There is one blog that I read regularly and that’s The Online Photographer by Mike Johnson and there are a couple I catch up on occasionally, and one of these is  Steve Huff Photo.Com, and it’s on this site that I read an article by a photographer with the slightly improbable name of Gary Perlmutter, called “The Nikon V1. The Perfect Street Camera?”

It is a brief straightforward of why he bought a Nikon V1, and why he thinks it works for him as a street camera in comparison to a couple of other cameras he has owned. To support his arguments he has posted six black and white photographs which are fairly typical of street photography as a genre.

Technically they are reasonably sharp, well exposed, and moderately well composed with a good range of tonal values. They are also humorous, perceptive and each tells a story. In short, what I understand street photography (I do dislike that label) to be about. The images wouldn’t make Cartier-Bresson spin in his grave, but they were good.

But it’s here that I feel that I must be missing something. From some of the comments posted it’s obvious that others have a completely different understanding of the genre. For example: “The difference between these photos and snapshots of my cousin’s 1st birthday, is that at least someone will care about the pictures of my cousin’s 1st birthday. These pictures….who are they? Does anyone care? I don’t think street photography is meant to be holding your camera and clicking away randomly.”

And: “Sorry but to me these are not ‘street photography’ just photos that were taken on the street.”

To be a fair, a lot of other posters came to Gary Permutter’s defence, but the point I am trying to make is encapsulated in the last comment. Just what is street photography? Does the photographer’s choice of camera have an influence on whether or not a picture is a street shot or not?

If you think that’s a little on the wild side, compare Gary’s treatment to that of someone calling himself Leicashot on the forum who posted a similar set of images shot with a Leica Monochrom that were rather too contrasty and harsh for my taste … but that’s a personal thing. There was not one adverse criticism posted, but a rather gushing amount of praise for a fundamentally undistinguished set of photographs. In my view certainly less interesting that Gary Perlmutter’s set.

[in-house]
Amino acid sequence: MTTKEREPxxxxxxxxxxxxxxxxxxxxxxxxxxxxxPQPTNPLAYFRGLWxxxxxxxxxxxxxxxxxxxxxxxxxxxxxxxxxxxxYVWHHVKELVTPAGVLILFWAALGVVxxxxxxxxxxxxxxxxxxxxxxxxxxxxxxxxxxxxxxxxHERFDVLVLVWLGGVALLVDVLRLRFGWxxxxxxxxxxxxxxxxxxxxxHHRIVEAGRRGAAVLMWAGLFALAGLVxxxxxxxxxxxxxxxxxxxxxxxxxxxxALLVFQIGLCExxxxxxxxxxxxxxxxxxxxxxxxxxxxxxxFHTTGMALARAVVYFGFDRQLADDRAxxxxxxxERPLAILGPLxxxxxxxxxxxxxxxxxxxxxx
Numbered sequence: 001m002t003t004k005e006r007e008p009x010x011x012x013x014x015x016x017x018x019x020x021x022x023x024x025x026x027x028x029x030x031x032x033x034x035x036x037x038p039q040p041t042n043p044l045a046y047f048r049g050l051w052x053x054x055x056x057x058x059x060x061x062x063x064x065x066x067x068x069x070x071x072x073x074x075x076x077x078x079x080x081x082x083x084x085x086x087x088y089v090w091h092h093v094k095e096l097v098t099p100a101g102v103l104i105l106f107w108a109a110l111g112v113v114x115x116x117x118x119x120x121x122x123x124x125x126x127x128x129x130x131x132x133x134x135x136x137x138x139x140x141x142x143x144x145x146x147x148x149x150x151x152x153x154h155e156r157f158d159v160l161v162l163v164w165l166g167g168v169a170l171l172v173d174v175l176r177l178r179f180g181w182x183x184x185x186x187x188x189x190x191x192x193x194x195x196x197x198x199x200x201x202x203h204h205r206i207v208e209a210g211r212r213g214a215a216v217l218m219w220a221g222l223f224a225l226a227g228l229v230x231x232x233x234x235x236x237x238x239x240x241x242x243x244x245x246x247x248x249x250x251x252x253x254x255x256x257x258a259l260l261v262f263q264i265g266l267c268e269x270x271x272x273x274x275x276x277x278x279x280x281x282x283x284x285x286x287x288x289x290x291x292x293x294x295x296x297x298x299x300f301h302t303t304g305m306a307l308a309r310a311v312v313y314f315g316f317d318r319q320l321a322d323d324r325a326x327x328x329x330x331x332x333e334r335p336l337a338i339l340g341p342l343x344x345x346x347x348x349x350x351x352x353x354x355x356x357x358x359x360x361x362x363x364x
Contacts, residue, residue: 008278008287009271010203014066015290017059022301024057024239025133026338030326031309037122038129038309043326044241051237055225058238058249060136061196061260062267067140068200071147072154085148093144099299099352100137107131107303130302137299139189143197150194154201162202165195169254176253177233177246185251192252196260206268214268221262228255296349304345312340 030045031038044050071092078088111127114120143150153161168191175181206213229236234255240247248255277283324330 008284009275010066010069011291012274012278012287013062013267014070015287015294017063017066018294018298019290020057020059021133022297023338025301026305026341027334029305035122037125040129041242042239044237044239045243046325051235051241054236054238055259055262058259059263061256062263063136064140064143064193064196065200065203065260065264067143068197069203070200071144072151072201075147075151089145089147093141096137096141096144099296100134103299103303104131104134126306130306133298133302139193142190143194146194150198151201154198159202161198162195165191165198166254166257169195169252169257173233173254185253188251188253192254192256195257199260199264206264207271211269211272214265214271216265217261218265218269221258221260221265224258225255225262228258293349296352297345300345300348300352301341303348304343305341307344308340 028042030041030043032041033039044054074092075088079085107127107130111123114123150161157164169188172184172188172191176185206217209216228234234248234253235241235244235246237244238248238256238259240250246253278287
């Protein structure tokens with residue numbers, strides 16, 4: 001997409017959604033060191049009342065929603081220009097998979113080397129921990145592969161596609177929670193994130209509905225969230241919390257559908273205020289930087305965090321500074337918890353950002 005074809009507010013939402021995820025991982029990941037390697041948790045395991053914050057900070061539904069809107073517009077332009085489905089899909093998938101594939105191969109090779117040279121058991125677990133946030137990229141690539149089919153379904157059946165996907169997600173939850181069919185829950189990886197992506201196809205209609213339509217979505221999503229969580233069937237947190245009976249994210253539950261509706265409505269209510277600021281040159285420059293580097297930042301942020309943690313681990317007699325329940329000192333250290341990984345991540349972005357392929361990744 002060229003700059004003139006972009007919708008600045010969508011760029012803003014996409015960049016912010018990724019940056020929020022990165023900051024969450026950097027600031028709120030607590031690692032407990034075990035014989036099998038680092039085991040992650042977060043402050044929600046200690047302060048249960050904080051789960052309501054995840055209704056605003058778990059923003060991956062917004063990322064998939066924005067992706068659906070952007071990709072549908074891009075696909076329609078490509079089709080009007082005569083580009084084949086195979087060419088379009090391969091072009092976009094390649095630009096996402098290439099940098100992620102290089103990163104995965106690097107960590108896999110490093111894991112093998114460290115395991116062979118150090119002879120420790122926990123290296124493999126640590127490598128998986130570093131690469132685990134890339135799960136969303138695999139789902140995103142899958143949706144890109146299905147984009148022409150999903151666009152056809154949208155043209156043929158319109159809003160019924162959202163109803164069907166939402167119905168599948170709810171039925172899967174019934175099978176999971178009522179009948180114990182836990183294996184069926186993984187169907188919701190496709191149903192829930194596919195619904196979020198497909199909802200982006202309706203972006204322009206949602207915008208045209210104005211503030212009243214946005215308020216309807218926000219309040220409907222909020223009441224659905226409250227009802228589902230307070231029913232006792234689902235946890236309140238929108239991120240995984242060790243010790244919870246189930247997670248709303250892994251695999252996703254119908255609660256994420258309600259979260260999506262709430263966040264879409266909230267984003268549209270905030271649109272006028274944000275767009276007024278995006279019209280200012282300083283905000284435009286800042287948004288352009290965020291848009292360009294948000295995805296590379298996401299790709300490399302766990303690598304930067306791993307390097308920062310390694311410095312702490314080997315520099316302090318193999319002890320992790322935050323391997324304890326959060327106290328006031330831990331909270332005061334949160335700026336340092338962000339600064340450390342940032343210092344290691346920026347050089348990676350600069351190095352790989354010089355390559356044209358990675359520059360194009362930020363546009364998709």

It can’t just be a matter of the Nikon VI being the camera everyone loves to hate, and the Leica M9 the camera everyone loves to love? I know endless numbers of people have probably written theses on “What Street Photography Is,” but they have, thankfully, passed me by. So won’t someone check out both of these sets of photographs and tell me what I am missing?



  1. Picture 1: What are you missing? Originality. Yes, it is within the SP genre but variations of this has been done many times before by many others.

    Picture 2: The same. I’m primarily an illustrator who also engages in SP in order to give visual expression to my flaneurism. I don’t think that too many street shooters do this today. So, personally, I’d like to see clicheic shot like this at least give some context about where this woman is, what she’s experiencing at that moment and possibly why. I can’t think of a better way to make a statement about the society she’s in which, by tradition not rule, is important in SP.

    Picture 3: The same. I’ve done a shot like this before. So have many others.

    Picture 4: The best of the lot in my judgement but it’s lacking a little pop. A trick of light, shade or a behaviour a little more profound than the quirky way the man sits with his neck extended.

    Picture 5: I personally don’t consider this SP. I see it as a snap-shot that the parents of these boys could have taken.